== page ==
There is a way to write about the real world, however, that comes off somewhat false. If your first scene takes place in the humming office of a startup, with twenty-four-year old techies shooting each other with nerf guns, then you’re not writing about the real world anymore, you’re writing a book about this vision of the tech world that’s been promulgated by films and movies. Not that it doesn’t have truth to it, but you should begin with the truth that only you know, not the truth everybody knows.

So I don’t know. I’ve gotten a dog recently. Maybe I would begin my book at the park, where my dog is running around with the other dogs. Maybe it gets bitten by an out-of-control dog. Plenty of drama there. I would definitely read that book.

In my most recent few projects, the plot has changed dramatically over the course of each rewrite, but what’s remained is the setting and the core of each characters’ motivations. I think when you’ve got some good characters, who want things deeply, you’ve got the beginnings of a story.

But even with all these exercises, you still often end up with a blank page. Or with a page full of crap. So you delete it all and try again. Or just keep soldiering on and hope the crap gets better. No easy answers here.

Feeling that totally normal blah feeling that one feels when between projects

I think I’m done with the novel-for-adults (The Lonely Years, formerly The Storytellers). Have sent it to a friend to proofread it, and then I’ll send it along to my agent. Has changed considerably since the last draft I sent him, and I’m pretty certain he’ll like it, because the book is good book.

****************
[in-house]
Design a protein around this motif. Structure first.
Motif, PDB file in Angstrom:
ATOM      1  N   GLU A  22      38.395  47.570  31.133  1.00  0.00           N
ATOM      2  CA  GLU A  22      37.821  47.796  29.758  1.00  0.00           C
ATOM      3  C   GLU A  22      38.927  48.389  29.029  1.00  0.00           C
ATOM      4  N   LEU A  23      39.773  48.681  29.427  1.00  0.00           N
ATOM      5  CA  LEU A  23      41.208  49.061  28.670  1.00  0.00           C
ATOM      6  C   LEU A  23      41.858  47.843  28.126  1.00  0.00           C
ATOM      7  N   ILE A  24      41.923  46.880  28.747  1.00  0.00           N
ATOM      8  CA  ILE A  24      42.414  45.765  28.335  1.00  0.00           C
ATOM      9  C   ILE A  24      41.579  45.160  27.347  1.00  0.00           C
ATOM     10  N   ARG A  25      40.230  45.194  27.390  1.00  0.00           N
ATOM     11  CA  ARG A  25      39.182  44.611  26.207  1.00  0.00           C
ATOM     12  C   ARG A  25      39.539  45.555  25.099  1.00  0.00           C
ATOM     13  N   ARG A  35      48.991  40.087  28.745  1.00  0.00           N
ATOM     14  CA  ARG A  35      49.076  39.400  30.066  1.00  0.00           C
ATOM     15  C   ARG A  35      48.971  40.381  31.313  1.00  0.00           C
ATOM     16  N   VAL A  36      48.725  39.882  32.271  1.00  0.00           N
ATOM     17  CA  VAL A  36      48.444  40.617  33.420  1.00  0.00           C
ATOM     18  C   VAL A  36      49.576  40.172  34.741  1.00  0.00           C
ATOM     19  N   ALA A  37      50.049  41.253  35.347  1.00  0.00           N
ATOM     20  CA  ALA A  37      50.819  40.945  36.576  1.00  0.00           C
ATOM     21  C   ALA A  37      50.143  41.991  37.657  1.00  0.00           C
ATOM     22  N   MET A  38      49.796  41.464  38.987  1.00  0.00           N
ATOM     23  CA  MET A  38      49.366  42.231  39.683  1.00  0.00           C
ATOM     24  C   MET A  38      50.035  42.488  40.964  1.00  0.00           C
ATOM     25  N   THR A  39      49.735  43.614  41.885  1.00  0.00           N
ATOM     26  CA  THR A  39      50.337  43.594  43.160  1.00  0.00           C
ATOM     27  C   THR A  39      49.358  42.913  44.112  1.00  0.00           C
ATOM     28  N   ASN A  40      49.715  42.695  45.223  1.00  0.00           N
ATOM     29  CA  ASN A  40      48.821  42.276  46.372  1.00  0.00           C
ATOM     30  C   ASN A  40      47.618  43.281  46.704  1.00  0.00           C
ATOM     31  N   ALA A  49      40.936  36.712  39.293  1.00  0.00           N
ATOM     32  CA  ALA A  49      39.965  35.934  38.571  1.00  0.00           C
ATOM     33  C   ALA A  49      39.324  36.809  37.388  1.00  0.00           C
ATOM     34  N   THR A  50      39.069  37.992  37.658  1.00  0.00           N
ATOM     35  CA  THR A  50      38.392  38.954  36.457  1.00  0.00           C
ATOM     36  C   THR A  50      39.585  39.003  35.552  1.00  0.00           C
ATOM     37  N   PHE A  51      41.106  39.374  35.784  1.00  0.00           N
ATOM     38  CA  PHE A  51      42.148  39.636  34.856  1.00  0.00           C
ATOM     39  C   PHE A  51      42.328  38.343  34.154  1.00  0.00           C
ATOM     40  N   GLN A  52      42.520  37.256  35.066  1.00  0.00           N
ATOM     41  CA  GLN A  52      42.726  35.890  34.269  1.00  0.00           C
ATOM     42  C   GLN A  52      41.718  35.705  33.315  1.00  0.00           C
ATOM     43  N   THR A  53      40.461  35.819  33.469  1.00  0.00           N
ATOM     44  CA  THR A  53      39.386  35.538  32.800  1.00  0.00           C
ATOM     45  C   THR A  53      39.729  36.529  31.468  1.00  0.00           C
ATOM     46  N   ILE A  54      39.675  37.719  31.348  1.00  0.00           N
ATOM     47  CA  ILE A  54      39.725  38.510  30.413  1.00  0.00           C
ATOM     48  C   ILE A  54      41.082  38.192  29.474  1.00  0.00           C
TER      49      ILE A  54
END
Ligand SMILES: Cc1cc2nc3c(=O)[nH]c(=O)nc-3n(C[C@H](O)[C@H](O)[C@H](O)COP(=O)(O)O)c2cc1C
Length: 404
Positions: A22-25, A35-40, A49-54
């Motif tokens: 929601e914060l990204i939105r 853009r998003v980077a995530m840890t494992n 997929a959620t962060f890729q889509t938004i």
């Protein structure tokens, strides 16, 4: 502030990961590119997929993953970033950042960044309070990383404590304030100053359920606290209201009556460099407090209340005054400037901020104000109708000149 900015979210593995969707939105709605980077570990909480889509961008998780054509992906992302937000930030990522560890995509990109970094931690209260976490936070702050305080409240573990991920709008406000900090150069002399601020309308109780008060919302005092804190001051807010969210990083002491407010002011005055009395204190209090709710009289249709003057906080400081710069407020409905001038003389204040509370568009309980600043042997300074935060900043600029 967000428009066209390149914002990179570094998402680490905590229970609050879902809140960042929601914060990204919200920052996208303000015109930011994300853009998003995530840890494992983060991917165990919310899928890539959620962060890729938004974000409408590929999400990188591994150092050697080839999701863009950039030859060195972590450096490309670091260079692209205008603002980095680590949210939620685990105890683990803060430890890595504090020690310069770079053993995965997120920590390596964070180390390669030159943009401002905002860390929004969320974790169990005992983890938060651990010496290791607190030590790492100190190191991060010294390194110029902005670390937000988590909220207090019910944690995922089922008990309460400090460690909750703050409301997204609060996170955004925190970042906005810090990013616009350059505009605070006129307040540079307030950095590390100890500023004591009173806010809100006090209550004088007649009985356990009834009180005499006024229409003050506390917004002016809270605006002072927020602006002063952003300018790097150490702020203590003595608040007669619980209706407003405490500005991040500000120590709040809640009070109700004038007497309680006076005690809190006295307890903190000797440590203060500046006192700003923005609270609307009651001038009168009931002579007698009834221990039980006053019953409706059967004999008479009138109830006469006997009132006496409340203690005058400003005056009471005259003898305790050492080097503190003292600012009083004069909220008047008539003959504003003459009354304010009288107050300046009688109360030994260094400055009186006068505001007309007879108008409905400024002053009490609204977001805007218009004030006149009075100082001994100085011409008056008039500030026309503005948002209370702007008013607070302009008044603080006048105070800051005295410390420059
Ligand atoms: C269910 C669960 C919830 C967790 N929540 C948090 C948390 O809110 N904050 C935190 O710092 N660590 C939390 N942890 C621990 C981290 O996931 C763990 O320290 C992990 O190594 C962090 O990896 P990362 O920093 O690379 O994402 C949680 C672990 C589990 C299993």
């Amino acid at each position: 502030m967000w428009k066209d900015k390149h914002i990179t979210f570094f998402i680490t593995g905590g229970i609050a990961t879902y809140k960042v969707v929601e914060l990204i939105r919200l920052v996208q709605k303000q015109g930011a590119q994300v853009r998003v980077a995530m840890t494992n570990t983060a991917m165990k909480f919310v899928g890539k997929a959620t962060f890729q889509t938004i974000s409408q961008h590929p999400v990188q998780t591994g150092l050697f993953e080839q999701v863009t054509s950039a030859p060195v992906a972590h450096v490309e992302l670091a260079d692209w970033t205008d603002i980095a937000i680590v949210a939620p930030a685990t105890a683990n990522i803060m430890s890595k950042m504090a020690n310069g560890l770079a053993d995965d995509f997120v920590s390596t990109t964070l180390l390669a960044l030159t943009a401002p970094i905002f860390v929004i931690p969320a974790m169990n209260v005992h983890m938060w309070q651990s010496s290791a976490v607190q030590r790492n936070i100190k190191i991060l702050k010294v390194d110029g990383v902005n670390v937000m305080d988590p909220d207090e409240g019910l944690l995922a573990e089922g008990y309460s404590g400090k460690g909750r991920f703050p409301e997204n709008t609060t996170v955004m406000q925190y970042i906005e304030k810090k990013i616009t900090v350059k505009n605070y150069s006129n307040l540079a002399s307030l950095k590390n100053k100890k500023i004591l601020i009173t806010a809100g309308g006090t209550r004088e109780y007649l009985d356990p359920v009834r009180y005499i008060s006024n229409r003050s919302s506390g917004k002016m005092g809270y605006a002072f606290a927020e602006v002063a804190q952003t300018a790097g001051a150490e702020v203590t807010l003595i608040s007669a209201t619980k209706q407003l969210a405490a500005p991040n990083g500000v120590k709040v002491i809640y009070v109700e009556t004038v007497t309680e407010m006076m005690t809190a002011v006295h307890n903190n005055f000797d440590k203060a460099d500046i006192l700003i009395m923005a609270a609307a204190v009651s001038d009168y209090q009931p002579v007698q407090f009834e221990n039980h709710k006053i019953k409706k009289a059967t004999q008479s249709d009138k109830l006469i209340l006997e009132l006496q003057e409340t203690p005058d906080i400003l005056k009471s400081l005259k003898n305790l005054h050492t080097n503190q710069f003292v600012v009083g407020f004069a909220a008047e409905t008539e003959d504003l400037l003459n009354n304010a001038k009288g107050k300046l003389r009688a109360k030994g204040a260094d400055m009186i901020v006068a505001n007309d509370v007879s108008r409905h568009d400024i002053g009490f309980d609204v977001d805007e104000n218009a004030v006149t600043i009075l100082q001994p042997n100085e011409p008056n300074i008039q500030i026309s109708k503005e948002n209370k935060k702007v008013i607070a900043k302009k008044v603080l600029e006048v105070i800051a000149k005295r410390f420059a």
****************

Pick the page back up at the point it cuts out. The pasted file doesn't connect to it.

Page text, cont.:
Now I just feel totally blah. I don’t want to do anything except listen to true crime audiobooks and play mediocre Diablo clones (Grim Dawn, right now, for those keeping track). Haven’t had much interest in reading serious books. Definitely haven’t had much interest in starting a new project.

When I am trying to start anything new, the one exercise I’ve used over and over again is to just imagine that I’m holding a book. Then I imagine opening the book and looking at the first page. What’s on that page? What do I want to see there? What genre? What characters? What tone? Then I try to write that book.

I’ve had no luck with this exercise, even though I’ve done it for years. No aha moments where everything just unfolds naturally, but I still do it, because it puts the emphasis exactly where it needs to be: my own interest, and my own tastes. I want to write the sort of book that I want to read. And usually that means, “The sort of book I want to read right now.”

Lately I’ve been fooling around with various ideas for thrillers. I started a spy thriller and got bored of it. Now I’m starting a domestic thriller. Maybe I’ll get bored of that too!

I supposed I could also work on another young adult novel! I am definitely being a bad children’s book writer by failing to sell another YA novel before my first one comes out. At this rate, even if I sold a young adult novel tomorrow, it wouldn’t come out until 2022, probably.

Oh well!

I do think I have another YA contemporary in me, but it’ll need time to come out. There’s a reason this second novel is coming out four years after the first.